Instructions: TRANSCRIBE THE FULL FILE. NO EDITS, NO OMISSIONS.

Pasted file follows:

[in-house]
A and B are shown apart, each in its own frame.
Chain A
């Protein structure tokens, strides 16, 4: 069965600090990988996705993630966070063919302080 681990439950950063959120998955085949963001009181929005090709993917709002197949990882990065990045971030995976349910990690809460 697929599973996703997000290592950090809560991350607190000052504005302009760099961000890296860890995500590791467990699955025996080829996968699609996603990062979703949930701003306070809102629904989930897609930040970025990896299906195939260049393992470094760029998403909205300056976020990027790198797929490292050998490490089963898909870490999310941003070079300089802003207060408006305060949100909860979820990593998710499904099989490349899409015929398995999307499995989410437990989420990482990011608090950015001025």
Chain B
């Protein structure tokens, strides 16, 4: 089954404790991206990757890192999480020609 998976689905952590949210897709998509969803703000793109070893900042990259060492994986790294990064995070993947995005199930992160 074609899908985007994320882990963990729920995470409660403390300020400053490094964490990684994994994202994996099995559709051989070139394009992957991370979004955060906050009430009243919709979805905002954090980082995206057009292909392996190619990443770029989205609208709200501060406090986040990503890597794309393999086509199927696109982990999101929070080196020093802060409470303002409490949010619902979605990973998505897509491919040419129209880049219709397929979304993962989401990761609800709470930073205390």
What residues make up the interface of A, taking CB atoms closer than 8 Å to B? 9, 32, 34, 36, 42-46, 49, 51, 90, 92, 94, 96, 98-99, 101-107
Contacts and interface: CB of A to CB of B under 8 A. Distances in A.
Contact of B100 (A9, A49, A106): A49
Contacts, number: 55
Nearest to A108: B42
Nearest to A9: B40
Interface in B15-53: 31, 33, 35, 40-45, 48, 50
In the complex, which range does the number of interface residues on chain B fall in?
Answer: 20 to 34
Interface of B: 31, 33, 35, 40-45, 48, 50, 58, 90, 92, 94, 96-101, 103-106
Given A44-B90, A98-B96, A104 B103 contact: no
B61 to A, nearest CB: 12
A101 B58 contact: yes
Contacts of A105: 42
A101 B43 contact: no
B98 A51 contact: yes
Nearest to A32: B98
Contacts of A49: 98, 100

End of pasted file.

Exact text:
[in-house]
A and B are shown apart, each in its own frame.
Chain A
């Protein structure tokens, strides 16, 4: 069965600090990988996705993630966070063919302080 681990439950950063959120998955085949963001009181929005090709993917709002197949990882990065990045971030995976349910990690809460 697929599973996703997000290592950090809560991350607190000052504005302009760099961000890296860890995500590791467990699955025996080829996968699609996603990062979703949930701003306070809102629904989930897609930040970025990896299906195939260049393992470094760029998403909205300056976020990027790198797929490292050998490490089963898909870490999310941003070079300089802003207060408006305060949100909860979820990593998710499904099989490349899409015929398995999307499995989410437990989420990482990011608090950015001025």
Chain B
């Protein structure tokens, strides 16, 4: 089954404790991206990757890192999480020609 998976689905952590949210897709998509969803703000793109070893900042990259060492994986790294990064995070993947995005199930992160 074609899908985007994320882990963990729920995470409660403390300020400053490094964490990684994994994202994996099995559709051989070139394009992957991370979004955060906050009430009243919709979805905002954090980082995206057009292909392996190619990443770029989205609208709200501060406090986040990503890597794309393999086509199927696109982990999101929070080196020093802060409470303002409490949010619902979605990973998505897509491919040419129209880049219709397929979304993962989401990761609800709470930073205390």
What residues make up the interface of A, taking CB atoms closer than 8 Å to B? 9, 32, 34, 36, 42-46, 49, 51, 90, 92, 94, 96, 98-99, 101-107
Contacts and interface: CB of A to CB of B under 8 A. Distances in A.
Contact of B100 (A9, A49, A106): A49
Contacts, number: 55
Nearest to A108: B42
Nearest to A9: B40
Interface in B15-53: 31, 33, 35, 40-45, 48, 50
In the complex, which range does the number of interface residues on chain B fall in?
Answer: 20 to 34
Interface of B: 31, 33, 35, 40-45, 48, 50, 58, 90, 92, 94, 96-101, 103-106
Given A44-B90, A98-B96, A104 B103 contact: no
B61 to A, nearest CB: 12
A101 B58 contact: yes
Contacts of A105: 42
A101 B43 contact: no
B98 A51 contact: yes
Nearest to A32: B98
Contacts of A49: 98, 100